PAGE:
Lots of Couples tell me they can’t communicate
When couples come to my office I ask them what brought them to couples counseling. More often than not couples tell me they can’t communicate. In fact, outside of having intimacy problems or money issues, communication is right there at the top of couple’s concerns.
Comments that soon follow the statement “We can’t communicate” include things like:
“She/He never listens to me.”
“I don’t understand why she/he has to get so loud and makes a fight out of it.”
“She/He just shuts down and then there’s NO communication.”
The Fact is You Communicate Well in Lots of Other Scenarios
Interestingly most partners communicate just fine in many other scenarios. At work, with friends, and other family members most people communicate generally well. Of course, there is a conflict potential in all relationships, but often the type of miscommunication we see in couples is particular to that couple. The way in which couples communicate, navigate conflict, and repair is often a bit different than in other relationships.
Why is it that we hurt those we love the most?
How is it that couples have some of the most intense, hurtful interactions with each other, often in their words or communication? We’ve all heard the saying, “we hurt those we love the most.” The reason comes back to the concept of attachment.
Our spouse is the one we most closely bond to, feel secure with, and count on for the ups and downs of life. This is the person from which we base our expectation, “you’ll be there for me, right?” When this expectation feels at risk, or when the relationship feels vulnerable or when you don’t feel heard, respected, or loved there’s a strong emotional reaction.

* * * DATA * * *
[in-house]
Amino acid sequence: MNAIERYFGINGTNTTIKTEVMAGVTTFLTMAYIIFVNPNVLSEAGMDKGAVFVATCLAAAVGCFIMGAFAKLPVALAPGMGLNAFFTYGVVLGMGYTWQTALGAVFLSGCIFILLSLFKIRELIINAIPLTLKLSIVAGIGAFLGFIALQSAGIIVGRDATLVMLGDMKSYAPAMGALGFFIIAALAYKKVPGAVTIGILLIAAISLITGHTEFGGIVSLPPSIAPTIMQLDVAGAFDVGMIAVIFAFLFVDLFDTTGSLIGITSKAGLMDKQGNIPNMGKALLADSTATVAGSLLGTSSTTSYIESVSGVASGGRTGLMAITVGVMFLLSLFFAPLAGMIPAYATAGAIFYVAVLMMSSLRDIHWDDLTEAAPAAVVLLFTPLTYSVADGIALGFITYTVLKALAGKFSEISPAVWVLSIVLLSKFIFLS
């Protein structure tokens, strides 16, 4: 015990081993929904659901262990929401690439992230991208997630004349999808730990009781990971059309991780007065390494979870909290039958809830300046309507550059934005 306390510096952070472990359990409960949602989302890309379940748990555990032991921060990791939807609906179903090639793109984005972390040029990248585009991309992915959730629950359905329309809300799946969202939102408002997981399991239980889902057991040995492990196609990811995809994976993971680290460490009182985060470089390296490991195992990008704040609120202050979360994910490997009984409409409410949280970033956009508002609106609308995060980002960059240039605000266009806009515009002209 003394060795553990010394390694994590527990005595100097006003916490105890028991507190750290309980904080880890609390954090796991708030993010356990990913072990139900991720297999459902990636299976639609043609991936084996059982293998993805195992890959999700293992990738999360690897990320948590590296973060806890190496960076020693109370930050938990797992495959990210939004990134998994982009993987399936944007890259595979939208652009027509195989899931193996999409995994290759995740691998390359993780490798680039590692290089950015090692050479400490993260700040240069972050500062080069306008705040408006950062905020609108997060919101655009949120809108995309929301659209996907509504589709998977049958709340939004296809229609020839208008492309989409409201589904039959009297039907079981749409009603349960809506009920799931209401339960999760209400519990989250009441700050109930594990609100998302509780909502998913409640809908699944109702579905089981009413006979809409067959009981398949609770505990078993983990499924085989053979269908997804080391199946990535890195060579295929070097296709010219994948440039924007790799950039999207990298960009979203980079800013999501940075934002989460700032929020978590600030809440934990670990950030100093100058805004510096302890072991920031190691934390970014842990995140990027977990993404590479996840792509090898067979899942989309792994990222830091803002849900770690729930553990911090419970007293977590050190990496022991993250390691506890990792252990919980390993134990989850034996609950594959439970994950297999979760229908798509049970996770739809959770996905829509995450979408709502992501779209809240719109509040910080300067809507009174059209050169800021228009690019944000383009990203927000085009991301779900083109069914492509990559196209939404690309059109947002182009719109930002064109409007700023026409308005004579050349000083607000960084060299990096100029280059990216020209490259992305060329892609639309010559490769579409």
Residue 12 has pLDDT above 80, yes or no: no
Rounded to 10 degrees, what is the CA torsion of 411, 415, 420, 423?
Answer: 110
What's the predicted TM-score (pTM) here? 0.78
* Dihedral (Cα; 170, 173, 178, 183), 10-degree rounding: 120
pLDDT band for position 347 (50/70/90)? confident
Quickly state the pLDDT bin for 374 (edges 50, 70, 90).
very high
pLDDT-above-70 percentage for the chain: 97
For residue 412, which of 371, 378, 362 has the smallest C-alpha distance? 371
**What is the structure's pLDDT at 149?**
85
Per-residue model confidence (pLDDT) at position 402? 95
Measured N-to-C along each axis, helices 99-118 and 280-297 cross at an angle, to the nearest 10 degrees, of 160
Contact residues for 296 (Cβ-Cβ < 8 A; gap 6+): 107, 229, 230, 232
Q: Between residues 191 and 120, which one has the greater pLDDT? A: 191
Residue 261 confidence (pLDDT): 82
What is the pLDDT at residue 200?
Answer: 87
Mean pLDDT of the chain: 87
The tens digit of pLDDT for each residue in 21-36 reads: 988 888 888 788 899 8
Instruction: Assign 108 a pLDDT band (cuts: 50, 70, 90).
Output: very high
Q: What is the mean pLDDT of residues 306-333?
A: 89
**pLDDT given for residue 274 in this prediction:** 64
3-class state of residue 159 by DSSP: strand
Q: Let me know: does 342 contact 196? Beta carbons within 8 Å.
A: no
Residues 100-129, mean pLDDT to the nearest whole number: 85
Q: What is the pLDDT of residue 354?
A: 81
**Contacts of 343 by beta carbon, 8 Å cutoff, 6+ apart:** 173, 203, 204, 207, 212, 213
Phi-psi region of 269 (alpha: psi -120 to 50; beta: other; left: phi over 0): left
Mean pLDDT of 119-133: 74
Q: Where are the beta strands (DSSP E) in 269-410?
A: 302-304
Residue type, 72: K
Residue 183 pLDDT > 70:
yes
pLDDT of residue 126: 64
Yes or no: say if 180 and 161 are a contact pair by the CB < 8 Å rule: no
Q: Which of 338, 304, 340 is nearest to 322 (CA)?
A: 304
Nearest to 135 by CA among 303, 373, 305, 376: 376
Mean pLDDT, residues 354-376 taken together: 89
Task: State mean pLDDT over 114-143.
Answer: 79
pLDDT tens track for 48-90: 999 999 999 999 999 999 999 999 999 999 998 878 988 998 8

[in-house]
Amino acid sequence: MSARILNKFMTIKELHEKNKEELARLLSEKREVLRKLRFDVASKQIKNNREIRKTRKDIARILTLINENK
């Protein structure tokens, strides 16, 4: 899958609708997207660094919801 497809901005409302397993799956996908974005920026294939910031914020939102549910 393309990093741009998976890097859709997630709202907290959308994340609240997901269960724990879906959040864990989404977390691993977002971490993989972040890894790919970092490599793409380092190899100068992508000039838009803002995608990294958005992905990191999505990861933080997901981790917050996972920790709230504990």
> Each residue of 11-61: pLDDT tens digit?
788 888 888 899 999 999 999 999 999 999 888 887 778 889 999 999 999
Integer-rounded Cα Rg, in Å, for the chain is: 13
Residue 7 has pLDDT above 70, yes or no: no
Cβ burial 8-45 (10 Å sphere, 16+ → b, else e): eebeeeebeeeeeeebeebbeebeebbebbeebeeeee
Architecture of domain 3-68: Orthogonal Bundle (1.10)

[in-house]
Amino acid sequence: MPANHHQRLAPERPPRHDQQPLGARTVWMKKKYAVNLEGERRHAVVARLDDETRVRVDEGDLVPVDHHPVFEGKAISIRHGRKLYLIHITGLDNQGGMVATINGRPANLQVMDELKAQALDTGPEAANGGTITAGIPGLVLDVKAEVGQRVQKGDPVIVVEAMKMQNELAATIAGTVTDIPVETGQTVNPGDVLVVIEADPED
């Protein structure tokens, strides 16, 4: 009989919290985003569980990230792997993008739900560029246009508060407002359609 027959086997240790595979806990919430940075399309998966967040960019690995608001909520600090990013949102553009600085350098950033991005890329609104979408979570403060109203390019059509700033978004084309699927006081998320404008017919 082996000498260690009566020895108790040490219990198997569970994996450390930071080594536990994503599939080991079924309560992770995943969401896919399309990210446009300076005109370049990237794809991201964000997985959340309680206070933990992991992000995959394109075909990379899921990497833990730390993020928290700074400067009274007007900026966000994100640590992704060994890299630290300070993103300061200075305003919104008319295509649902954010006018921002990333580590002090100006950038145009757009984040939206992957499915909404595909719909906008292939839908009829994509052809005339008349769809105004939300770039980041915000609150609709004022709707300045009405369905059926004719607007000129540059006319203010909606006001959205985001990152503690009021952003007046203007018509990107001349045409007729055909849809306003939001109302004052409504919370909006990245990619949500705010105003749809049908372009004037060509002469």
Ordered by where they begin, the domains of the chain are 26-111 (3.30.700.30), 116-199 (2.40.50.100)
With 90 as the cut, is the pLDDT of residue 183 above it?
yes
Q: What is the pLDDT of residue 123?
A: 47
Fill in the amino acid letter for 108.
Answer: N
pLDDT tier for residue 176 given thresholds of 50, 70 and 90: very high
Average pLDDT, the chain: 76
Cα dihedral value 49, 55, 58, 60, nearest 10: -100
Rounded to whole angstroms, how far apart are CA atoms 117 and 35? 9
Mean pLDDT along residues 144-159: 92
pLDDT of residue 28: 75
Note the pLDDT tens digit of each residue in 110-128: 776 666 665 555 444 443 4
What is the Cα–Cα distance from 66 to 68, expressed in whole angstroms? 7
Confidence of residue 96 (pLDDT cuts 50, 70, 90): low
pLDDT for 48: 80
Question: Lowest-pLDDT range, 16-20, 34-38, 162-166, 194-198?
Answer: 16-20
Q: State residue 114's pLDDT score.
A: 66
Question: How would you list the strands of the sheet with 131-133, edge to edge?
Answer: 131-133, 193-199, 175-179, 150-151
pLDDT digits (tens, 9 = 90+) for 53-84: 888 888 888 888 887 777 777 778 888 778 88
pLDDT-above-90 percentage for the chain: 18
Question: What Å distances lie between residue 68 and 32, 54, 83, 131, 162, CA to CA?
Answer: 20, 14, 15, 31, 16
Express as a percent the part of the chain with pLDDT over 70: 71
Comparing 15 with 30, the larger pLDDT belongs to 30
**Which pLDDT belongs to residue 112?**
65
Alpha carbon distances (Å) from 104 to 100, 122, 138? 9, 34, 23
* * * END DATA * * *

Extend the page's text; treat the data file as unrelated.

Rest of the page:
When fear or doubt questions our security in a relationship there tends to be a strong reaction either to protect yourself from getting hurt or to attempt to protect or save the relationship. In Sue Johnson terms, you may protest the distance in the relationship or you may fight for the relationship which often looks like a nasty fight or the inability to communicate.
What if it Goes Beyond Communication?
If the solution for couples were all about communication skills the divorce rate would be much lower. Communication skills tend to be pretty basic and easy to learn. But the problem is not just the way in which we communicate. The problem goes to why are we communicating the way we are.
In my work with couples I use Emotionally Focused Couples Therapy (EFT) model which goes beyond how couples are communicating and looks at the cycles and patterns beneath what is said and done. I help couples find the motivators that generate the jabs, sarcasm, yelling, shut down, walk away reactions in conflict.
Each couple has their own pattern or cycle that they find themselves in. This pattern likely repeats itself nearly every time there’s conflict, no matter the content of what they are addressing. With assistance couples are able to identify and see the underlying causes of their reactions and reasons for their inability to communicate.
Couples begin to understand each other more clearly and with this they are able to begin to see the forest from the trees. Couples become capable of getting out of their cycle and learning new ways to interact with each other for calmer, more loving and respectful resolution of their concerns.
Learn more about me and couples counseling
To learn more about my practice of couples counseling please visit my website at: www.insightcounselingalexandria.com. I provide a free 10-15 minute consultation for those interested in beginning couples counseling.